IN AN ATTEMPT to halt "the terrible evil" of child abuse, the Catholic bishops of England and Wales have agreed to adopt the 50 draft recommendations of the Lord Nolan committee's review of child protection procedures in the Church "with immediate effect". Given that Lord Nolan has not yet completed his report, and given the complexity of the issues involved, it may be legitimate to ask whether the bishops are not opening themselves to accusations of indecent haste in proceeding to implement, as they now stand, Lord Nolan's provisional recommendations. The incompleteness of the report is not simply a matter of a few finishing touches: the committee has not yet finished receiving evidence which could add crucial balance to its findings. For instance, it will meet a delegation from the campaign group, Falsely Accused Carers and Teachers, only on May 23.
Above all, it is vital that the understandable impulse to neutralise media criticism of the Church as soon as possible should not be given its head. We need to get the final report right. That means that though the protection of our children has to come before all else, truth and justice must not be sacrificed in the process: otherwise, in the end, the cause of child protection will suffer too.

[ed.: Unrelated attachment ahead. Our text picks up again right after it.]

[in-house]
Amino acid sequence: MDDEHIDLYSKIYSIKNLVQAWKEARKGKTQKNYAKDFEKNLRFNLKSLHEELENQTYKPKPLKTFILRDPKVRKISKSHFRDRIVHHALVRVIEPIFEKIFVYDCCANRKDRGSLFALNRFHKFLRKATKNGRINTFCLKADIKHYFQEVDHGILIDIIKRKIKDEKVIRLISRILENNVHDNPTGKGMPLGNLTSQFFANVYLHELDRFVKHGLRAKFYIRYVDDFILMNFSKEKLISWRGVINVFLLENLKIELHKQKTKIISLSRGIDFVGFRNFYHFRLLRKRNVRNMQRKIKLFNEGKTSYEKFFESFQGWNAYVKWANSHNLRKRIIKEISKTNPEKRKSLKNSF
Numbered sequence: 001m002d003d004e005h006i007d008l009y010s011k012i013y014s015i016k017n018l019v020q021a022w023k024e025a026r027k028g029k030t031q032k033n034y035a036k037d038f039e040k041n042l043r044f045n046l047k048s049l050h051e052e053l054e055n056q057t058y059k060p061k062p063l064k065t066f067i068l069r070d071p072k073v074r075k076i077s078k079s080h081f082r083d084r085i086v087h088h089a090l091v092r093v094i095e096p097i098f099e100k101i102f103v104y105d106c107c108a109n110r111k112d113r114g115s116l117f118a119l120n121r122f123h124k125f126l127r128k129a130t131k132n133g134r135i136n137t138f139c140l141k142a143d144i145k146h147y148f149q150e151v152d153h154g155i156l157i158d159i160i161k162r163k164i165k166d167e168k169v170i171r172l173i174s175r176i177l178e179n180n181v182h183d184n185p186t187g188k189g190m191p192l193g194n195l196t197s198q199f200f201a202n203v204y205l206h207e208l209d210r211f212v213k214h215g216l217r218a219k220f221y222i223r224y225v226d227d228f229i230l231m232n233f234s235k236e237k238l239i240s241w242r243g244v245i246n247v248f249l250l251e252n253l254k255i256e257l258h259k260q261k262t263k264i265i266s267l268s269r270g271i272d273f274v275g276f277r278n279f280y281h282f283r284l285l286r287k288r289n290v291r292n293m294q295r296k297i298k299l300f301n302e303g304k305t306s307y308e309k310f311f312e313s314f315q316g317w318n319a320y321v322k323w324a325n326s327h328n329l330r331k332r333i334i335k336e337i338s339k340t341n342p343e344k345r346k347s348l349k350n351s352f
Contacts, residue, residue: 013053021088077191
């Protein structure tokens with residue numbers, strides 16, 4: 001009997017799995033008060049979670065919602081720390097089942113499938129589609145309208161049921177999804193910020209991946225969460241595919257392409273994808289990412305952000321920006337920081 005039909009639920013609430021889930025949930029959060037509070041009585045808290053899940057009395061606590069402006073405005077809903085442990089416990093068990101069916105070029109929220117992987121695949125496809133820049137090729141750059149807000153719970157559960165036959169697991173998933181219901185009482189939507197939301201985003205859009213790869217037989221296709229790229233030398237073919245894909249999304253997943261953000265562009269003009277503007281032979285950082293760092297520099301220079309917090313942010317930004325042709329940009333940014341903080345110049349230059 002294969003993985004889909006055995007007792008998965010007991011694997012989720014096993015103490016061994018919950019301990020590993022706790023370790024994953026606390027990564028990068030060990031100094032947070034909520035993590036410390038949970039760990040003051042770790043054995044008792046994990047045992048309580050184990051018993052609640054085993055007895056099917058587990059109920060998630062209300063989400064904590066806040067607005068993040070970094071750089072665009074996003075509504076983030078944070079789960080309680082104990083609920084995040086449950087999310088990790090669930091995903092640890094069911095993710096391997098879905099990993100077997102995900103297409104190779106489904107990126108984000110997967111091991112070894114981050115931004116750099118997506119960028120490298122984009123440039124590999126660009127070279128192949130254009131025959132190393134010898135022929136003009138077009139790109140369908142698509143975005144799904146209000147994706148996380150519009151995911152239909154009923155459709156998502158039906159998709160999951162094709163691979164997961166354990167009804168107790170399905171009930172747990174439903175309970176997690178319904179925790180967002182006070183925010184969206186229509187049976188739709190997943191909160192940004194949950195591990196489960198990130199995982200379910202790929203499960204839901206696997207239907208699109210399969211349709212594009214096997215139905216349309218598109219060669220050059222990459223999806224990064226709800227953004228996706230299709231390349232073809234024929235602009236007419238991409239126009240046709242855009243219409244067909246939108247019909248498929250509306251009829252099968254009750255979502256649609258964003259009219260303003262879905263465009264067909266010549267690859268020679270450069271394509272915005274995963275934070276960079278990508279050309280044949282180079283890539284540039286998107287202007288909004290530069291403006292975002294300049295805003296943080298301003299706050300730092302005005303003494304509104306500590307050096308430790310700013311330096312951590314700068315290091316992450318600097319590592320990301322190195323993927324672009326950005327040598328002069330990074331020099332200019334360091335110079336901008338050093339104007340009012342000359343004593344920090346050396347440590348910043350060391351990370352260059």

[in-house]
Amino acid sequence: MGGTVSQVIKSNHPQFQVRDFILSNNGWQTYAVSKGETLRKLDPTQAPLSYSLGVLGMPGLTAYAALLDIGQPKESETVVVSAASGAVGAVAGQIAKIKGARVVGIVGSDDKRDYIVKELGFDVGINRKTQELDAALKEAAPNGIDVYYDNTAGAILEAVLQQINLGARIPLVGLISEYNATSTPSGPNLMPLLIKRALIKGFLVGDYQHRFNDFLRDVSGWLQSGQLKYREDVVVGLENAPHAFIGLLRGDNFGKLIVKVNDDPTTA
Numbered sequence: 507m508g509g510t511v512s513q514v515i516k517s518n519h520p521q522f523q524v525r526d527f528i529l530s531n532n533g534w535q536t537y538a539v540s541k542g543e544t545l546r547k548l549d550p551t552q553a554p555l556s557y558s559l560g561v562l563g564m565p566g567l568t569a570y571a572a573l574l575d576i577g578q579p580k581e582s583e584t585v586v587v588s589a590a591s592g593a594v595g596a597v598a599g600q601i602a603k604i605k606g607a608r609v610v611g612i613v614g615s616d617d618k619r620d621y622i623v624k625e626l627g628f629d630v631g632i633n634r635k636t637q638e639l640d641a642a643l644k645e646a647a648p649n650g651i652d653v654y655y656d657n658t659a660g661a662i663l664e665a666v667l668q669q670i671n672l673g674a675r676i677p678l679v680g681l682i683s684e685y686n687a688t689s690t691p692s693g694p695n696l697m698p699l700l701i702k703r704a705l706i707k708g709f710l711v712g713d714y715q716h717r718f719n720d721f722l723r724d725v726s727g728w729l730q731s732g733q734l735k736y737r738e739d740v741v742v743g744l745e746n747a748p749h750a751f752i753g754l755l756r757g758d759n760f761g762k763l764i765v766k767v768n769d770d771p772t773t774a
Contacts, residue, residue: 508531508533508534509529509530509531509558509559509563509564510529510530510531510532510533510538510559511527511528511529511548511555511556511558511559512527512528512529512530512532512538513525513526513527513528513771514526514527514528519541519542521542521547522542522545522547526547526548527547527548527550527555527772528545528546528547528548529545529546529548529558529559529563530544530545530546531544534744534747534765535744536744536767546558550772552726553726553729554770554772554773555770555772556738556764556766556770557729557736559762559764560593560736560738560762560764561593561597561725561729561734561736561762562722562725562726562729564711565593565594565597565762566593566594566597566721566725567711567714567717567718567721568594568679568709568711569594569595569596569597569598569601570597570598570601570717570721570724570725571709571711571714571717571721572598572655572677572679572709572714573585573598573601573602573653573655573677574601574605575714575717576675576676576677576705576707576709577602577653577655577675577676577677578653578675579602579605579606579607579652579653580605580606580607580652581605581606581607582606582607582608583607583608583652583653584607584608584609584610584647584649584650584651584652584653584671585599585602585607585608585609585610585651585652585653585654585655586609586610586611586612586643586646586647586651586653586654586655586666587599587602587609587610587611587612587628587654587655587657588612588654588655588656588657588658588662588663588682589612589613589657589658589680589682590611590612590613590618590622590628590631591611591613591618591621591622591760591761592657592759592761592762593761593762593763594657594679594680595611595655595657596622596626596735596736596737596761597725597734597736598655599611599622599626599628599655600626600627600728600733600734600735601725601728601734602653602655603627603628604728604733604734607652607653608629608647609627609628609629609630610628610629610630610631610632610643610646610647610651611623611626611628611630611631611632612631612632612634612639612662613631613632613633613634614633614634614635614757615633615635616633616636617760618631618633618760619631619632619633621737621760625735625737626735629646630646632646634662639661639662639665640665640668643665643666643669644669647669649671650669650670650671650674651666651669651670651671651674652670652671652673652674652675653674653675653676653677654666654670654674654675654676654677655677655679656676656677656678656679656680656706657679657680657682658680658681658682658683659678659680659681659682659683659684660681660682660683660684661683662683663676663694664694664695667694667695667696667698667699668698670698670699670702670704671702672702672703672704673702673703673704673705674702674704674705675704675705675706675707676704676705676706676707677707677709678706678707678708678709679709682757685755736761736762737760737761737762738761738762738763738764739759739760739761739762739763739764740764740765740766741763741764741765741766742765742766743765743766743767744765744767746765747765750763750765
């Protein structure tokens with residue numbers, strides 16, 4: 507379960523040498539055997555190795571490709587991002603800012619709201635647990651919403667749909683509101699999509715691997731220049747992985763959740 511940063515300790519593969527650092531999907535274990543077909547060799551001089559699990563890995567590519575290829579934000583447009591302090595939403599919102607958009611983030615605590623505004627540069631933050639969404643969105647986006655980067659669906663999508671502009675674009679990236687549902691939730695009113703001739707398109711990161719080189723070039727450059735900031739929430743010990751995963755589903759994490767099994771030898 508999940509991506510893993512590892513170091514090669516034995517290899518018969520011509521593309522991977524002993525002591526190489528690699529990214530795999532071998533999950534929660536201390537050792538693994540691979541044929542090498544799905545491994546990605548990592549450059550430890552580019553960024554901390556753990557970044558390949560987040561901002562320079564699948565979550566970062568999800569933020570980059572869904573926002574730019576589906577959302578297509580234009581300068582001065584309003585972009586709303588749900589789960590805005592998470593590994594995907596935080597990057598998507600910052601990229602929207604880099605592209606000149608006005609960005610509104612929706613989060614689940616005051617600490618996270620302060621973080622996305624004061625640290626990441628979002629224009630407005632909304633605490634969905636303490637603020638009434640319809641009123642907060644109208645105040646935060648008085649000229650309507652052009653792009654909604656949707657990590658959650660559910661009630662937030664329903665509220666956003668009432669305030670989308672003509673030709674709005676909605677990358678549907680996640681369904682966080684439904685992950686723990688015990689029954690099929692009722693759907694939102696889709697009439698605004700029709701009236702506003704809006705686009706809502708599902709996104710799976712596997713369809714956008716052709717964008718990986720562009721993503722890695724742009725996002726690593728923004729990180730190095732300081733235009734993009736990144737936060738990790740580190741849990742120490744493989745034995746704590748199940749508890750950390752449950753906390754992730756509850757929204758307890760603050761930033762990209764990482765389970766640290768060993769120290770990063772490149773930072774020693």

The bishops, it has to be said again, are right to attempt to establish the Church as a model of excellence in child protection: there must be no lack of rigour. But there are dangers in Lord Nolan's incomplete proposals which need to be addressed between now and the summer. The proposals envisage the establishment of a network of national and diocesan child protection agencies: it is vital that this should not develop into a vast bureaucracy, with the inherent tendency of all bureaucracies to justify their own existence by getting results. There will continue to be in the future, as there has been in the past, a substantial number of false accusations. It would be a tragedy if the Church's new structures were to encourage rather than discouraging this tendency, making it ever more difficult to discover the truth.